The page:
Articles

Luis Suarez: The World’s Most Controversial Footballer


By Frank Worrall

Published by John Blake Publishing Limited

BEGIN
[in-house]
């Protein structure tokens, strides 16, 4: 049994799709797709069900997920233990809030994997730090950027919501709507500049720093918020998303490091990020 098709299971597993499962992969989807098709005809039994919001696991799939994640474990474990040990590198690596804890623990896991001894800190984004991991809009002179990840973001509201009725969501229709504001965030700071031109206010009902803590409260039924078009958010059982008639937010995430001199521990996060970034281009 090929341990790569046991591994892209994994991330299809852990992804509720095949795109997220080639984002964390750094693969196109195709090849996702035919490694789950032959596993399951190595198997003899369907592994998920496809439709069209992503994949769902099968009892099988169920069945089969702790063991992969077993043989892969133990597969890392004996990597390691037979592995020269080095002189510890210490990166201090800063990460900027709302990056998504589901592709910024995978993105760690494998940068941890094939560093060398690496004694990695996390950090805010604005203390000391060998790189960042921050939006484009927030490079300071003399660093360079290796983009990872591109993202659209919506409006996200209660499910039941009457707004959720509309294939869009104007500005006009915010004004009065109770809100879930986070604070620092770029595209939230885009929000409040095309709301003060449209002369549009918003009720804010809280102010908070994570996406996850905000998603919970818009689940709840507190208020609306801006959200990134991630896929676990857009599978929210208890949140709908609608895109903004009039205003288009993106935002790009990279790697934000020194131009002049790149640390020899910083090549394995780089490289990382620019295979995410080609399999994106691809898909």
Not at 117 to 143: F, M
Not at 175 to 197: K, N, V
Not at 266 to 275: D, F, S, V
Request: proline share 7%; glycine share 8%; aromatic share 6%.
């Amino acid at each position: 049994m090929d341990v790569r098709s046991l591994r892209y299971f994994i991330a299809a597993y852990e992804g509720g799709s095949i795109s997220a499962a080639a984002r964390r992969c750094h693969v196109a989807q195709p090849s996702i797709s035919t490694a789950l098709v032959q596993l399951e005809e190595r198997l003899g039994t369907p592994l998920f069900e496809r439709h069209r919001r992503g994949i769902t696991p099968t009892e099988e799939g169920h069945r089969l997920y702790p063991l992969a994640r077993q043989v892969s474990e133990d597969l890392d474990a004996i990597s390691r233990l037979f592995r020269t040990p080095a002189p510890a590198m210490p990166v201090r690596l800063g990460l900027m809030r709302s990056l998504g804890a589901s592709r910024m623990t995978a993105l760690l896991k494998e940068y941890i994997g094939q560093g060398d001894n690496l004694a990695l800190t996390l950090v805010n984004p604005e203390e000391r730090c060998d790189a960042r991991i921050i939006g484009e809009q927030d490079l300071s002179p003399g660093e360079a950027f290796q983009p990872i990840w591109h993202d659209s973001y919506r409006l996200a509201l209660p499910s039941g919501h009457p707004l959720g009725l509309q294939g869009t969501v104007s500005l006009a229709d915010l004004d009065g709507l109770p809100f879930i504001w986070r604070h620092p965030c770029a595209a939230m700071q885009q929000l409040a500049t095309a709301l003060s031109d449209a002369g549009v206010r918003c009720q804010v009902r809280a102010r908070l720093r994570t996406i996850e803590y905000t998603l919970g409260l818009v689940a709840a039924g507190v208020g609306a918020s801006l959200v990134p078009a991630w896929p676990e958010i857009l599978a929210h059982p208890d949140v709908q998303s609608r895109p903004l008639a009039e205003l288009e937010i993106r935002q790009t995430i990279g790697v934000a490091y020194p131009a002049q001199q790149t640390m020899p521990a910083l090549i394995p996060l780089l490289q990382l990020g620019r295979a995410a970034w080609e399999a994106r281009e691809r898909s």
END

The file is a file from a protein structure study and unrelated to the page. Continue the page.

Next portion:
“The world’s most controversial footballer” has had such a complicated year that it probably isn’t mere chance that sees the timing of the publication of this biography coincide with the player’s own autobiography “Crossing The Line”. Each book will probably tell us much that the other does not. But each should make compulsive reading on its own. Frank Worrall is a proficient and prolific sportswriter who has built up a valuable network of contacts over the years. Even without having the advantage of interviewing the player himself as he prepared this book, Frank has researched as thoroughly as he usually does and gives a fascinating insight into the world of a highly talented but extremely unpredictable sportsman, a flawed genius if you like. Irrespective of how much the man himself is prepared to reveal in “Crossing The Line”, this biography carefully and cleverly explores the footballing brilliance of Luis Suarez and also his psychological weaknesses. It is quite an explosive combination, that’s for sure.